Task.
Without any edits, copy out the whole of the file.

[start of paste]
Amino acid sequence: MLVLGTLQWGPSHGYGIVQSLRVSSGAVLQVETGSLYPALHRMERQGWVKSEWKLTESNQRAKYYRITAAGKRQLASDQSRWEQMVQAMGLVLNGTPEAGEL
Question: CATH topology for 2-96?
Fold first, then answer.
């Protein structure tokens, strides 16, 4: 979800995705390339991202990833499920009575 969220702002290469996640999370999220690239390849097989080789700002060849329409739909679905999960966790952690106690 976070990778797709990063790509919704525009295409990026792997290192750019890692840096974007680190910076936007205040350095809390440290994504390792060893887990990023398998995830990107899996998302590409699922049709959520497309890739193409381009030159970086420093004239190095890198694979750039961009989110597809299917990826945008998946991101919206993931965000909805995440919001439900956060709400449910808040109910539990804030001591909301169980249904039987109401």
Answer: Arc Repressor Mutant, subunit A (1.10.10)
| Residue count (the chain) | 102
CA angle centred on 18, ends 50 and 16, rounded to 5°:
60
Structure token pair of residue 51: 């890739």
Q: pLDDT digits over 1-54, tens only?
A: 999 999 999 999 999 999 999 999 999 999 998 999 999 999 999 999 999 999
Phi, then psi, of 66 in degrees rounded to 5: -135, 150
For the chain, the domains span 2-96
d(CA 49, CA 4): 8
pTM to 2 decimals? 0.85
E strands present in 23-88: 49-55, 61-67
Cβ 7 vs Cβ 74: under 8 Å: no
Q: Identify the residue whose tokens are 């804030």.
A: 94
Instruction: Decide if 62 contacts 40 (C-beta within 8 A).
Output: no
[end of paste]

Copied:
Amino acid sequence: MLVLGTLQWGPSHGYGIVQSLRVSSGAVLQVETGSLYPALHRMERQGWVKSEWKLTESNQRAKYYRITAAGKRQLASDQSRWEQMVQAMGLVLNGTPEAGEL
Question: CATH topology for 2-96?
Fold first, then answer.
């Protein structure tokens, strides 16, 4: 979800995705390339991202990833499920009575 969220702002290469996640999370999220690239390849097989080789700002060849329409739909679905999960966790952690106690 976070990778797709990063790509919704525009295409990026792997290192750019890692840096974007680190910076936007205040350095809390440290994504390792060893887990990023398998995830990107899996998302590409699922049709959520497309890739193409381009030159970086420093004239190095890198694979750039961009989110597809299917990826945008998946991101919206993931965000909805995440919001439900956060709400449910808040109910539990804030001591909301169980249904039987109401």
Answer: Arc Repressor Mutant, subunit A (1.10.10)
| Residue count (the chain) | 102
CA angle centred on 18, ends 50 and 16, rounded to 5°:
60
Structure token pair of residue 51: 């890739």
Q: pLDDT digits over 1-54, tens only?
A: 999 999 999 999 999 999 999 999 999 999 998 999 999 999 999 999 999 999
Phi, then psi, of 66 in degrees rounded to 5: -135, 150
For the chain, the domains span 2-96
d(CA 49, CA 4): 8
pTM to 2 decimals? 0.85
E strands present in 23-88: 49-55, 61-67
Cβ 7 vs Cβ 74: under 8 Å: no
Q: Identify the residue whose tokens are 């804030």.
A: 94
Instruction: Decide if 62 contacts 40 (C-beta within 8 A).
Output: no